Even Insiders Can Be Wrong
Friday, 2007-February-02 at 16:30
Recently, Miguel de Icaza of Novell wrote a post that criticized those of us who are opposed to single-vendor "standards". Rob Weir responded to Miguel's post with his own post. M. David Peterson then writes in support of Miguel's view. This is a response to Peterson's posting. It appears that it might have been moderated out of his blog, so I'm putting it here, where it won't be censored.
I use ODF-aware applications all the time on both Windows and Linux. For my word processing documents, only AbiWord is substantially different. For spreadsheets, I have to admit that I don’t do many formulae, so my experience may not be typical. Having said that, my spreadsheets in Windows OOo work fine with Linux KSpread. As far as Gnumeric goes, my distribution’s version is not yet ODF-aware, so I cannot check its quality.
I have read about 25% of the ODF specification so far, and none of the OOXML spec. One thing that is clear from reading ODF is that it is designed to enable multiple implementors. The reports from those who have read the OOXML spec are that it is definitely not designed for this purpose.
There are a couple of purposes that are clear for any “open standard”:
- Give customers the ability to mix-and-match readily. When you hear comparisons with electric power sockets, this is what they mean. If a standard is open, I as an IT person in an enterprise, ought to be able to get the same results with multiple applications. In fact, I would say that from a technical support standpoint, if there are not multiple implementations, then it is not an open standard.
This is one of the reasons the LAMP platform is so attractive: if PHP isn’t meeting your needs, one can switch to Perl, Python, Ruby, or any of the other scripting engines. This makes the enterprise less vulnerable to licensing issues, for example, or even performance issues.
- Make it easier for various competitors to produce fully-compatible products which can be swapped in and out in customers’ environments as desired. In other words, the software vendors produce their applications and merely have to map their functionality onto the input/output formats specified by the standard. This means that vendors no longer have to roll their own formats.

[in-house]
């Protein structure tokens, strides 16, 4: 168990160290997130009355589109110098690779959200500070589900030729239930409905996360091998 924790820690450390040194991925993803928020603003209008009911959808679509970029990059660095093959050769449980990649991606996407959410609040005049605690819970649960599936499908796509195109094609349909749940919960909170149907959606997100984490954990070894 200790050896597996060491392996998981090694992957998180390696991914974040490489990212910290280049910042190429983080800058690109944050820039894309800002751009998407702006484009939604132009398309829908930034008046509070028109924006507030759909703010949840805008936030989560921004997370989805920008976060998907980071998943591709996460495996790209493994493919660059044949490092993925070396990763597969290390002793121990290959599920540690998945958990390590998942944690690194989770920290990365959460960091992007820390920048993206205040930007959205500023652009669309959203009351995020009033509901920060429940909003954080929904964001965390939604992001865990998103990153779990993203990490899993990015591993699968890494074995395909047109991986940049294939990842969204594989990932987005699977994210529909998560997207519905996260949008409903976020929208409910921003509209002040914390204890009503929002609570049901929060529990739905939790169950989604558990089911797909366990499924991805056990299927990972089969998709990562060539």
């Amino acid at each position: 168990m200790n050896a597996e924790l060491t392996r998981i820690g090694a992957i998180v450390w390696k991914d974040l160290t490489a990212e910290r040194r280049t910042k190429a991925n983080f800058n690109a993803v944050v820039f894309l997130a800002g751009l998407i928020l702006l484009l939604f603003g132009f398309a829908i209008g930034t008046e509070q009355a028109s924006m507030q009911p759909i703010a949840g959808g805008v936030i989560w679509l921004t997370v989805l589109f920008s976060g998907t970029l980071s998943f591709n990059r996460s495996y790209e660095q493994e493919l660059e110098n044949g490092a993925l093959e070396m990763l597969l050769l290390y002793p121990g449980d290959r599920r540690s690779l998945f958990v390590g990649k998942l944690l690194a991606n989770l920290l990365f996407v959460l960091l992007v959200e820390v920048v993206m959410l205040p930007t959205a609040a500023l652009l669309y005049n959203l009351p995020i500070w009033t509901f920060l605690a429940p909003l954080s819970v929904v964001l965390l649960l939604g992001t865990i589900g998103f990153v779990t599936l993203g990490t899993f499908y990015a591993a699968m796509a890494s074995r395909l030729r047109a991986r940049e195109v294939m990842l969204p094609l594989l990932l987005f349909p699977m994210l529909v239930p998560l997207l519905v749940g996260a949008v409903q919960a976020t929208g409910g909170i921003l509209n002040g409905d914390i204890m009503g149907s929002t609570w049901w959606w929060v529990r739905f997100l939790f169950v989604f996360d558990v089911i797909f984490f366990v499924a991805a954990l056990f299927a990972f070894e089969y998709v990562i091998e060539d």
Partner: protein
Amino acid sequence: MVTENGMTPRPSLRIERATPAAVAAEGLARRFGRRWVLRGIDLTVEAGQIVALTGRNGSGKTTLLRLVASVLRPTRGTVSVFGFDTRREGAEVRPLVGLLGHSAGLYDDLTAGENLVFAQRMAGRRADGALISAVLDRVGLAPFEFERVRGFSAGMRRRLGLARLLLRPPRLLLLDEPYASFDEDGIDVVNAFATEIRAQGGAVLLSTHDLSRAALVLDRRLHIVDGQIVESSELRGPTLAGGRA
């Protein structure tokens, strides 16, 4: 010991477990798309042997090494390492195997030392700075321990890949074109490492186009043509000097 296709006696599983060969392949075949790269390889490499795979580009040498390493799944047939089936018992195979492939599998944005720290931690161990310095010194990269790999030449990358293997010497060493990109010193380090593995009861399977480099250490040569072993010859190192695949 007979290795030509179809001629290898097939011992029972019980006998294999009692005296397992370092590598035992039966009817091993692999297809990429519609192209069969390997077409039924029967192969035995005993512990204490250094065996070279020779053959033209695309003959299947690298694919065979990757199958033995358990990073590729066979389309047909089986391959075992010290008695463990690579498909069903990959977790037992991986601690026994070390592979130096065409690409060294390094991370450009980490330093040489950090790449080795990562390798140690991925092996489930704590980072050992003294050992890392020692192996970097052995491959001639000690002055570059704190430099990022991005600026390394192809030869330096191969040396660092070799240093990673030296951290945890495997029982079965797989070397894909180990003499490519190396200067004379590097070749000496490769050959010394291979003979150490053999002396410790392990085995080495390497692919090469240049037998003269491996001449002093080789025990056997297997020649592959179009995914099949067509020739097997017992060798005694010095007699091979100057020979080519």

If you look at mobile phone chargers, you’ll see that the cost of designing a new charger for each new series of phones means that it is costly for the companies, so when you have to buy a replacement charger, you pay more because that design cost is spread over fewer chargers. This extra cost and hassle, by the way, is why some Asian countries are now mandating that new phone designs use one standard charger design.
However you look at it, the only way that is good for users is to have one open format standard for exchanging files that can be implemented by all vendors. If there was no other reason, that would be enough to oppose pushing a second standard into government (which is really what ISO-standardization is about in this area) usage.
The reason for all of the so-called "anti-EOOXML FUD" is Microsoft’s anti-competition stance. We already know how difficult it is for competitors to fully-implement the existing binary formats. In my employment, I find that Microsoft’s own products have difficulty with their older binary formats, so I am not surprised that other vendors also have problems with those formats.
Like William, I find that above all, Microsoft fears and detests competition, using file formats to block out competitors time after time. Since their marketing proposition is “we are integrated–everything we make works together”, it is clear that they do not wish to give that mix-and-match ability to customers (or end-users, if you will).
Read the things on their advocacy blogs. Read their legal documents. Read the things their chairman spouted at the Microsoft-Novell announcement. Competitive markets, with several compatible implementations of equivalent functionality, are *NOT* what Microsoft seeks, but it is *EXACTLY* what customers need. https://lnxwalt.wordpress.com/2007/01/20/whats-wrong-with-choice/
In any case, no one is against Microsoft using OOXML as a format, but if they really cared about "choice", they would have implemented both formats. Until they do, claiming that they want people to have a choice is a straight-up lie.
In any case, while I have never met Rob Weir in person to know what he is like, he has impressed me as being a basically honest person. On the other hand, with the pretense that IBM is the one that has its finances in danger over the ISO-ification of OOXML has impressed me that Brian Jones would say *ANYTHING* to make it happen. https://lnxwalt.wordpress.com/2007/01/21/whose-finances-are-on-the-line/ tells us who has the greater financial risk here. HINT: It isn’t IBM.
Over the years, I have watched (and used) the products that Miguel has initiated. I respect him and his viewpoint, but I think that he is too close to Microsoft to be objective. One should keep Novell’s new relationship in mind when he writes these things. This is not to put him down, one *should* weigh the relationships and incentives of anyone that expresses an opinion on this issue.
My relationships? I do tech support in an almost all-Microsoft environment. I do not work for or have any relationships with IBM, Novell, Sun, Microsoft (other than their software being used in our environment), or anyone else who stands to make money or lose it. My desire is to be able to utilize fully-open standard file formats, so that *almost any* office application from *any vendor* can be used to produce the same (from a user and support persective) results. That’s it. That’s what ODF offers, but OOXML does not.
Entry filed under: ODF, Open Standards.